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trencher

[tren-cher] /ˈtrɛn tʃər/
noun
1.
a person or thing that digs trenches.
2.
ditchdigger (def 3).
3.
a rectangular or circular flat piece of wood on which meat, or other food, is served or carved.
4.
such a piece of wood and the food on it.
5.
Archaic. food; the pleasures of good eating.
Origin
1275-1325
1275-1325; Middle English trenchour something to cut with or on < Anglo-French; Middle French trencheoir. See trench, -ory2
Dictionary.com Unabridged
Based on the Random House Dictionary, © Random House, Inc. 2014.
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Examples from the web for trencher
  • They were transporting the trencher on a flatbed truck, which couldn't make the steep grade.
  • Ice slots can be cut using chain saws, handsaws, ice augers or some form of trencher.
  • At that time two people usually ate from one trencher, a wooden plate with a hollowed-out center, about twelve inches square.
British Dictionary definitions for trencher

trencher1

/ˈtrɛntʃə/
noun
1.
(esp formerly) a wooden board on which food was served or cut
2.
Also called trencher cap another name for mortarboard (sense 1)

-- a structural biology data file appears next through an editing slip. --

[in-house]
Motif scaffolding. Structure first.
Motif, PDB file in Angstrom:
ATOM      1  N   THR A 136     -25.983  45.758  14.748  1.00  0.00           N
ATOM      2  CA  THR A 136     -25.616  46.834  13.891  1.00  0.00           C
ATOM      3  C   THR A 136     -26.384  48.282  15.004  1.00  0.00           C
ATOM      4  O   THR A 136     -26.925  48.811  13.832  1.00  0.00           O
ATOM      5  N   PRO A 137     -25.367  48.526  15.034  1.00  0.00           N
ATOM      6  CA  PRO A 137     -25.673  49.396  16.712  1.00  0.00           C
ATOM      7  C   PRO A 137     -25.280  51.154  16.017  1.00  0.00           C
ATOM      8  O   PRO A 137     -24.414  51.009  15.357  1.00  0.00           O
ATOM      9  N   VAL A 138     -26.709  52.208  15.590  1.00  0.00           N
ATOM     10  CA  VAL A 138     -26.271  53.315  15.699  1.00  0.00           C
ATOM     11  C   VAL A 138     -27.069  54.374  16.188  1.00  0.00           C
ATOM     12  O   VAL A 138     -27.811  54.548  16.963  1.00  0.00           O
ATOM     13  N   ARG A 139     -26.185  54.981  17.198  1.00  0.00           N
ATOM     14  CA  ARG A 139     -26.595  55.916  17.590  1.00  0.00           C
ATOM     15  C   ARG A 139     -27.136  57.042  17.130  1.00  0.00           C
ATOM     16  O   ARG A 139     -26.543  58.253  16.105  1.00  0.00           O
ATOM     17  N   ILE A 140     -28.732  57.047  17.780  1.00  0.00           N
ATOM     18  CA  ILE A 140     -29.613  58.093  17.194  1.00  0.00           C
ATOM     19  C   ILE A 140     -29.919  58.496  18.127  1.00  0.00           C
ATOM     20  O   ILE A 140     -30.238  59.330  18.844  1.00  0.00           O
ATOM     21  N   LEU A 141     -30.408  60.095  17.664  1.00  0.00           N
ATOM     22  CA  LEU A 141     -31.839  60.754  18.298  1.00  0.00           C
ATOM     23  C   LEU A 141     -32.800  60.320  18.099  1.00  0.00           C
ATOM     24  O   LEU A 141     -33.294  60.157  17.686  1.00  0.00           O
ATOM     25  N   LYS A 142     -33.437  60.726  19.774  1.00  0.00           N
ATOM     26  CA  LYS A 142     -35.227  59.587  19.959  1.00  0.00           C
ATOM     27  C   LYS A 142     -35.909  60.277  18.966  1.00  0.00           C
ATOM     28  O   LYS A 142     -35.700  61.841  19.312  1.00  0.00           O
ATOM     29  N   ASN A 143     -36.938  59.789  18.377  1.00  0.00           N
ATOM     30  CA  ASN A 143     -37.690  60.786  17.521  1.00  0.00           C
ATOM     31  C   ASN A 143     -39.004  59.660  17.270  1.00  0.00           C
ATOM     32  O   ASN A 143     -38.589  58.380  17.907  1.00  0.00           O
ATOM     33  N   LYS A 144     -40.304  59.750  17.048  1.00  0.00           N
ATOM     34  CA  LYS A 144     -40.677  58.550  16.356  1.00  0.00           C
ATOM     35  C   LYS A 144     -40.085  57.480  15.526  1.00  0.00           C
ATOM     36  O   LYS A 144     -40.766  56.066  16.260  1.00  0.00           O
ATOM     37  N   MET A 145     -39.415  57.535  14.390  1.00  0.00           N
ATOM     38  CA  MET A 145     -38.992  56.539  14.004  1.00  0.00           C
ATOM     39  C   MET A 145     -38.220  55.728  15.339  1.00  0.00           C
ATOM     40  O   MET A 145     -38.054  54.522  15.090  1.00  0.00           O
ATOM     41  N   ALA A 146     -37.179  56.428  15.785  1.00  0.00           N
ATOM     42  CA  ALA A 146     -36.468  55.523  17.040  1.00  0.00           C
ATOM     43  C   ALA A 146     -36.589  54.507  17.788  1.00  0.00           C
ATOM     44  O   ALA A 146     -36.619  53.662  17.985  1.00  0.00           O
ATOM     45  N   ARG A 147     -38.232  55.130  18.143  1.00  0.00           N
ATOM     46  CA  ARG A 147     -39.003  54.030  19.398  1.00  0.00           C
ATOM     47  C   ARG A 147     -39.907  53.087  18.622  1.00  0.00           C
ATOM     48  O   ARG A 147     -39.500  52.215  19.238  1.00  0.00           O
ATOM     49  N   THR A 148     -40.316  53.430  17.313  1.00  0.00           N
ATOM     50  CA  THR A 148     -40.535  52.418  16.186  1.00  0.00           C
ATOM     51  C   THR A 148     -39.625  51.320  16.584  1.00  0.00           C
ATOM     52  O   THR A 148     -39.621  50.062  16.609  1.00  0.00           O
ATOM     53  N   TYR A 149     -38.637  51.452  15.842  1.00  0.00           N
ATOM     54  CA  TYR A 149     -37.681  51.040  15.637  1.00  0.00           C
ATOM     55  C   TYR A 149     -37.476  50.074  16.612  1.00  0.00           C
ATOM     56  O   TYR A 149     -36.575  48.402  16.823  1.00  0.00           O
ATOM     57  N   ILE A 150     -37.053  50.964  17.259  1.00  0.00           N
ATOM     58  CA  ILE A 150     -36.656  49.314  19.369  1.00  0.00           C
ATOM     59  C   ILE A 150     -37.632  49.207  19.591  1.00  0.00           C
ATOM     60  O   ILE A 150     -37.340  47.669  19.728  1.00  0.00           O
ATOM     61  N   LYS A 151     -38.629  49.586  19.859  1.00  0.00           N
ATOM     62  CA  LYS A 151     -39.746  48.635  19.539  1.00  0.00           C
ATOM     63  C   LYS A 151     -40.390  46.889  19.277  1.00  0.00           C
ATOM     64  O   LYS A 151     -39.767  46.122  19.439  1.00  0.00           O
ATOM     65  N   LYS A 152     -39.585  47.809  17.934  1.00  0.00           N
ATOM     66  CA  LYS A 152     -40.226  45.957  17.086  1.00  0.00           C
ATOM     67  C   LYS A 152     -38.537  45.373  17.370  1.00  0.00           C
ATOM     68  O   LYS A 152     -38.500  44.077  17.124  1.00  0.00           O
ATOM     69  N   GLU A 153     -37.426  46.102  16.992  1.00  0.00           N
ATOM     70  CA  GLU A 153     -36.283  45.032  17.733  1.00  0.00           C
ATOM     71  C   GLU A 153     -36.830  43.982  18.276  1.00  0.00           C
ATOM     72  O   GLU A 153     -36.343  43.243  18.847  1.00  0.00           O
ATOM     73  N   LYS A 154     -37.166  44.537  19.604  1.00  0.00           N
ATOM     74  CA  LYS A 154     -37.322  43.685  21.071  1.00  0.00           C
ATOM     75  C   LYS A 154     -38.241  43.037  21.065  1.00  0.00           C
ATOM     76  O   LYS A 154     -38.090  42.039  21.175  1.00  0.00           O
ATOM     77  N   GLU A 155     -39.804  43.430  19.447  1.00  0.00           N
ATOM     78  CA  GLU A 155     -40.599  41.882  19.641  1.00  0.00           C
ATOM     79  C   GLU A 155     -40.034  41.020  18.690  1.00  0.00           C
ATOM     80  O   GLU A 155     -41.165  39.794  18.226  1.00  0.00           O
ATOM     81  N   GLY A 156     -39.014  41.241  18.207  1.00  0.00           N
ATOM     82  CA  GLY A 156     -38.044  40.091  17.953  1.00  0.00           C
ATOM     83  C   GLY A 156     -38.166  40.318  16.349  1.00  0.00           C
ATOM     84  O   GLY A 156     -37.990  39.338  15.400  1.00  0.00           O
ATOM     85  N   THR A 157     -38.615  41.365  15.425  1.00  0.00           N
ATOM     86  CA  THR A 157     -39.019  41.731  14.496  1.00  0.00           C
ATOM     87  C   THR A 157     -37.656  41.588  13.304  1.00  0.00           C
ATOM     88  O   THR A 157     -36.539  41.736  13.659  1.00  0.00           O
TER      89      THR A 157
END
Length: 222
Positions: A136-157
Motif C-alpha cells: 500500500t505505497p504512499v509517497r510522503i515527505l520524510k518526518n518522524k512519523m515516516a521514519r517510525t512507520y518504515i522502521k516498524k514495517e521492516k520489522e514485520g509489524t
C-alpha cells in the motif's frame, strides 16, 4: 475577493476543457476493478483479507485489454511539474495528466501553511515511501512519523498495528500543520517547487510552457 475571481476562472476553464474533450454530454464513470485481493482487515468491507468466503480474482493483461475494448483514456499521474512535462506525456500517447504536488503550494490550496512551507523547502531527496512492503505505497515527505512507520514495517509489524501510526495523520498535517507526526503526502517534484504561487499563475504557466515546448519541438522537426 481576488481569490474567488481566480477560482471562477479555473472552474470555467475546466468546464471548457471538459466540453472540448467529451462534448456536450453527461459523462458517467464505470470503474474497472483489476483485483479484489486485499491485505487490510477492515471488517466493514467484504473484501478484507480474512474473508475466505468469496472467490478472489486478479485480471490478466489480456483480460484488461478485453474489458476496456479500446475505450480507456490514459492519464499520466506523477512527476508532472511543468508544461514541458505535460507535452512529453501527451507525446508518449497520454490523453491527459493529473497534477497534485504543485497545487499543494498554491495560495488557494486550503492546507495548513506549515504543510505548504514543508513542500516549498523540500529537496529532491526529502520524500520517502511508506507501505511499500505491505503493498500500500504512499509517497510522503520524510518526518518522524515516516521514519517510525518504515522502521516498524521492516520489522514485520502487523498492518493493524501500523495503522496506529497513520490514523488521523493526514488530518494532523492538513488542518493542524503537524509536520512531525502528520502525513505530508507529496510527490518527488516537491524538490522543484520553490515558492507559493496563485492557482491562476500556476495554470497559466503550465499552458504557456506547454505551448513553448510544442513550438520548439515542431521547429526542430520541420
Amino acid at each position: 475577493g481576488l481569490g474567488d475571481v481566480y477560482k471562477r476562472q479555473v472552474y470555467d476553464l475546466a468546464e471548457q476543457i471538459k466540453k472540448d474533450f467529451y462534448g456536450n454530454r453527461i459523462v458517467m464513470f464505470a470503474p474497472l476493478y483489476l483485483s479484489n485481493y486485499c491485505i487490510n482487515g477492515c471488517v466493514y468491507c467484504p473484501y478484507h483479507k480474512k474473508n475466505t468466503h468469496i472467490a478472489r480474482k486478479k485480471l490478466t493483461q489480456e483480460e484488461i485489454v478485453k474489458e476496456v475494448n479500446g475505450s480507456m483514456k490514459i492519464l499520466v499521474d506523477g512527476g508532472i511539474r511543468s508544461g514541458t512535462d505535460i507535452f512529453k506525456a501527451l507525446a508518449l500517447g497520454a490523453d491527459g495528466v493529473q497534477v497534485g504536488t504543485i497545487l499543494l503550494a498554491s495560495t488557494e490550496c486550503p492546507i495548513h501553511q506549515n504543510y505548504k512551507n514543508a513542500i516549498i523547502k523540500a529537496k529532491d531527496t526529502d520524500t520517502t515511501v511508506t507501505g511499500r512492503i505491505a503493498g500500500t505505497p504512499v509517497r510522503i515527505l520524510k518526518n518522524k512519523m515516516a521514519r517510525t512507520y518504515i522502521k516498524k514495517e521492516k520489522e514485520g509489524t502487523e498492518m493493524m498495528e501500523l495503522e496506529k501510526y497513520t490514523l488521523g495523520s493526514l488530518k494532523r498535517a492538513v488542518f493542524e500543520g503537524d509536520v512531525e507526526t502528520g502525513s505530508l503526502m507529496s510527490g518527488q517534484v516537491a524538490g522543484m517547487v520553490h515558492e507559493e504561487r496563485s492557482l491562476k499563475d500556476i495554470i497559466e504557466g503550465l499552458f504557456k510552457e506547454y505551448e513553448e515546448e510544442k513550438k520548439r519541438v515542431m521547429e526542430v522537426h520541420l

Word Origin
C14 trenchour knife, plate for carving on, from Old French trencheoir, from trenchier to cut; see trench

trencher2

/ˈtrɛntʃə/
noun
1.
a person or thing that digs trenches
Collins English Dictionary - Complete & Unabridged 2012 Digital Edition
© William Collins Sons & Co. Ltd. 1979, 1986 © HarperCollins
Publishers 1998, 2000, 2003, 2005, 2006, 2007, 2009, 2012
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Word Origin and History for trencher
n.

c.1300, "wooden platter on which to cut meat," from Anglo-French trenchour, from Old North French trencheor "a trencher," literally "a cutting place," from Old French trenchier "to cut" (see trench).

Online Etymology Dictionary, © 2010 Douglas Harper
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Encyclopedia Article for trencher

originally a thick slice of bread, used as a primitive form of plate for eating and for slicing meat (hence its derivation from "trancher"-to cut, or carve), but by the 14th century a square or circular wooden plate of rough workmanship. There was usually a small cavity for salt in the rim of the wooden plate, and sometimes the main section was so formed that it could be turned over and the other side used for a second course

Learn more about trencher with a free trial on Britannica.com
Encyclopedia Britannica, 2008. Encyclopedia Britannica Online.
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13
14
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